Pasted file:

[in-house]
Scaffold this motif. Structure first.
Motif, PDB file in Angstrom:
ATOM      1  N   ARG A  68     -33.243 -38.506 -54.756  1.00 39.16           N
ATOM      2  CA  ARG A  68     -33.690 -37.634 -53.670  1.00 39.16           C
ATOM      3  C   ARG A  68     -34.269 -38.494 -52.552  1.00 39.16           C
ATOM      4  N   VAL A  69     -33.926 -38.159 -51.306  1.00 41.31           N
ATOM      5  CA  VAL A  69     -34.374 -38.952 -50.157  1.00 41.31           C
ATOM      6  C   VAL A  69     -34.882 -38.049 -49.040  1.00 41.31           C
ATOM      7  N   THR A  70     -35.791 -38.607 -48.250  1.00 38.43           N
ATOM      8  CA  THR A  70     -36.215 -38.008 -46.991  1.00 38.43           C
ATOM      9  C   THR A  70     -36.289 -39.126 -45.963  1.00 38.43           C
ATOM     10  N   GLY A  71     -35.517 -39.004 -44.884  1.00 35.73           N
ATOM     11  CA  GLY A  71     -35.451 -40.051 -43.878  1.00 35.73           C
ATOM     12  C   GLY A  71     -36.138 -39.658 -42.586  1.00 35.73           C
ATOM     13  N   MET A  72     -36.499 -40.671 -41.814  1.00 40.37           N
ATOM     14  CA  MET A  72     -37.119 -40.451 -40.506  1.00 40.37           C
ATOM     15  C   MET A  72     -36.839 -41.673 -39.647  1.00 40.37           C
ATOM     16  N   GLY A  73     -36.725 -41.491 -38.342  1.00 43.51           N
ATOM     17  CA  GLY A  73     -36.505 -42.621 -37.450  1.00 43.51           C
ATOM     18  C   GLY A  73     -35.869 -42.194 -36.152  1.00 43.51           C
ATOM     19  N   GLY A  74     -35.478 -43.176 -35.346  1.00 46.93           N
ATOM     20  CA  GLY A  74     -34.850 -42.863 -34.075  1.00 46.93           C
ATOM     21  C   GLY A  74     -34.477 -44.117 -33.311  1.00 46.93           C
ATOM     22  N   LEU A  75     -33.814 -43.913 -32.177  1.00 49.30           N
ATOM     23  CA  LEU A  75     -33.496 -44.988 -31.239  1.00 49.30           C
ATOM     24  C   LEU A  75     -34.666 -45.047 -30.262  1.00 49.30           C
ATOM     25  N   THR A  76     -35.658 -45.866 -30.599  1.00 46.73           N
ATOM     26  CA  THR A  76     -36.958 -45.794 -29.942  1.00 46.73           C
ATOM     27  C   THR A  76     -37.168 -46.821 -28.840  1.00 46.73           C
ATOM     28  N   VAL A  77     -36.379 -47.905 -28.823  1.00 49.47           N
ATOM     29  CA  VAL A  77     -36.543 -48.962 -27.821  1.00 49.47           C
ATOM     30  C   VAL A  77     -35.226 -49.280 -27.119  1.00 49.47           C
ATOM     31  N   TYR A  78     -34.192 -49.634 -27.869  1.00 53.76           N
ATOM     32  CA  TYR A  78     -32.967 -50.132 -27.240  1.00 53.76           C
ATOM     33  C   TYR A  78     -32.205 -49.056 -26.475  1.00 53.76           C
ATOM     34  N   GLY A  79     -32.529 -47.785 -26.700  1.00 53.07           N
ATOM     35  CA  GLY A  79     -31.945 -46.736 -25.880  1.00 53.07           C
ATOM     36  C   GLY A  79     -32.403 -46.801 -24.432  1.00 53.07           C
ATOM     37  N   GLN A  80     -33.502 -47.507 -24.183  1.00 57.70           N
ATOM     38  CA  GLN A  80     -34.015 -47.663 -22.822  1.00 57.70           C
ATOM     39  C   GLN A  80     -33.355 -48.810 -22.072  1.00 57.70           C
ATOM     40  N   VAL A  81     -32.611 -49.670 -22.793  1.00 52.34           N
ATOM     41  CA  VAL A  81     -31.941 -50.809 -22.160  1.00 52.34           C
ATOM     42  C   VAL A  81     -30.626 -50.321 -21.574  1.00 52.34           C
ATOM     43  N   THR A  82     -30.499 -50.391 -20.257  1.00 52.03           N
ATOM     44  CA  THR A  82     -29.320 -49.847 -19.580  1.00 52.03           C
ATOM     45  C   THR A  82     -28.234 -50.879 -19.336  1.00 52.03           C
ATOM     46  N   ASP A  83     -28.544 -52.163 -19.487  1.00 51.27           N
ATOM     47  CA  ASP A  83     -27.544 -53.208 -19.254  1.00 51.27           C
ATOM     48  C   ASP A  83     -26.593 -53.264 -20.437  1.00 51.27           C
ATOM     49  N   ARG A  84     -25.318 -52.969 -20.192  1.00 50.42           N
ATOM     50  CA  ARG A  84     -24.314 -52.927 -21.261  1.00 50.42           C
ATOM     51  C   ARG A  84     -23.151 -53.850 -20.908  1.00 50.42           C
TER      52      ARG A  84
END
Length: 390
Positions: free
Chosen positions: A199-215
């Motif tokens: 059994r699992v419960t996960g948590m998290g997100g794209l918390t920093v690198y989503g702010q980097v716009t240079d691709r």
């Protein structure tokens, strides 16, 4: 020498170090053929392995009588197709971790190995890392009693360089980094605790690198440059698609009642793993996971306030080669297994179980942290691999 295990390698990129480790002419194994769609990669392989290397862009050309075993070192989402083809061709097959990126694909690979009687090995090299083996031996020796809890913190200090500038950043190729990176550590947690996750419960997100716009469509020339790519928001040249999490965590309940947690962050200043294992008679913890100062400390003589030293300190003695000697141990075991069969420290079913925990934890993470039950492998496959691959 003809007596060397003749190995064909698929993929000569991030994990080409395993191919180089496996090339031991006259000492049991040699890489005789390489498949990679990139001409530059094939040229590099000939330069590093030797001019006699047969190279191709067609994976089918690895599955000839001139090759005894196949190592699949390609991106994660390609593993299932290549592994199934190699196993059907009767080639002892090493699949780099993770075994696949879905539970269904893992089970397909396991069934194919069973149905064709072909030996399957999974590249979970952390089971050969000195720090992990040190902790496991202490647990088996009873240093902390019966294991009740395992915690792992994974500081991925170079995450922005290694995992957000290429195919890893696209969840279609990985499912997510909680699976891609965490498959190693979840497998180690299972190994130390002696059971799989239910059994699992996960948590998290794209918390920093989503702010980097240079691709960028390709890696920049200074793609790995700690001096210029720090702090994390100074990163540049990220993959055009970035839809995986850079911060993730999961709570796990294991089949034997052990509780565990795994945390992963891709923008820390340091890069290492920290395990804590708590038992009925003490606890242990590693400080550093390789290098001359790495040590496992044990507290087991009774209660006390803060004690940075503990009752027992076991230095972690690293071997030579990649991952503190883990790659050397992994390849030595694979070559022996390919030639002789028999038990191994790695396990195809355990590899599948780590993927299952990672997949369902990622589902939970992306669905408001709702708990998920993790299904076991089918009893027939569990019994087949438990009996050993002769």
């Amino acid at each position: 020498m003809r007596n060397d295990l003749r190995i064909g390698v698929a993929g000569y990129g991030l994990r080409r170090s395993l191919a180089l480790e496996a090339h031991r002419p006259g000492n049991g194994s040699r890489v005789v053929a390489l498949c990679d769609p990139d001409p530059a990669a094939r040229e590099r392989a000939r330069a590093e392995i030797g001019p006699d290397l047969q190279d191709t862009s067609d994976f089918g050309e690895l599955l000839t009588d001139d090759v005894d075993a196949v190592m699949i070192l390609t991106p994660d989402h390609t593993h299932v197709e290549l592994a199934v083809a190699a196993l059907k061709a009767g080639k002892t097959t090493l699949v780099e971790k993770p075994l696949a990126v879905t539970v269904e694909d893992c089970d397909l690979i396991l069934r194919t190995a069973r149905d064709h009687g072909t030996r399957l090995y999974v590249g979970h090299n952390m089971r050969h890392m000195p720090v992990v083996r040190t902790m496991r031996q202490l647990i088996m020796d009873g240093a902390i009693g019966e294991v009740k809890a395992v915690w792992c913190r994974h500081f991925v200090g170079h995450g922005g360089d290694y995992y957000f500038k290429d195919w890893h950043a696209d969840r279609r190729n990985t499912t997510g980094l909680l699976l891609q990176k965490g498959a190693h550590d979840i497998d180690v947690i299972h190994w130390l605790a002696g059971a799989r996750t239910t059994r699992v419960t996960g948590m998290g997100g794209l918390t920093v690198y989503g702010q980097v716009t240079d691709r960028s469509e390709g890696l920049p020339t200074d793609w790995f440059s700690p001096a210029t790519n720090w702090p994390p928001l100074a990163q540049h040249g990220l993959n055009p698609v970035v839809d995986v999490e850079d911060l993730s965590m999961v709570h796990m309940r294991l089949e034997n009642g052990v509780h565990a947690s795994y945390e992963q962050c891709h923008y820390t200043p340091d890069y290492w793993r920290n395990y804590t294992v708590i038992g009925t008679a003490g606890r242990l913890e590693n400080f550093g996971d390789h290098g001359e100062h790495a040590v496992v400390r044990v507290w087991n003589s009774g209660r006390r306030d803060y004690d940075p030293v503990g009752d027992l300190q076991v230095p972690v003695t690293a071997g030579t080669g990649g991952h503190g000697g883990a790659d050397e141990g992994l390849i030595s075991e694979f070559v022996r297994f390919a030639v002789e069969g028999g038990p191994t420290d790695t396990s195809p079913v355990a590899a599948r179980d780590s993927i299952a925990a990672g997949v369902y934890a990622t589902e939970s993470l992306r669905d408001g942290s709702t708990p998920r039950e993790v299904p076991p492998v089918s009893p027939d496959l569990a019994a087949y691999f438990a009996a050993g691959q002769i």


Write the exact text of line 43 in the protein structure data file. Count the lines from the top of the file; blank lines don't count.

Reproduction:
ATOM     40  N   VAL A  81     -32.611 -49.670 -22.793  1.00 52.34           N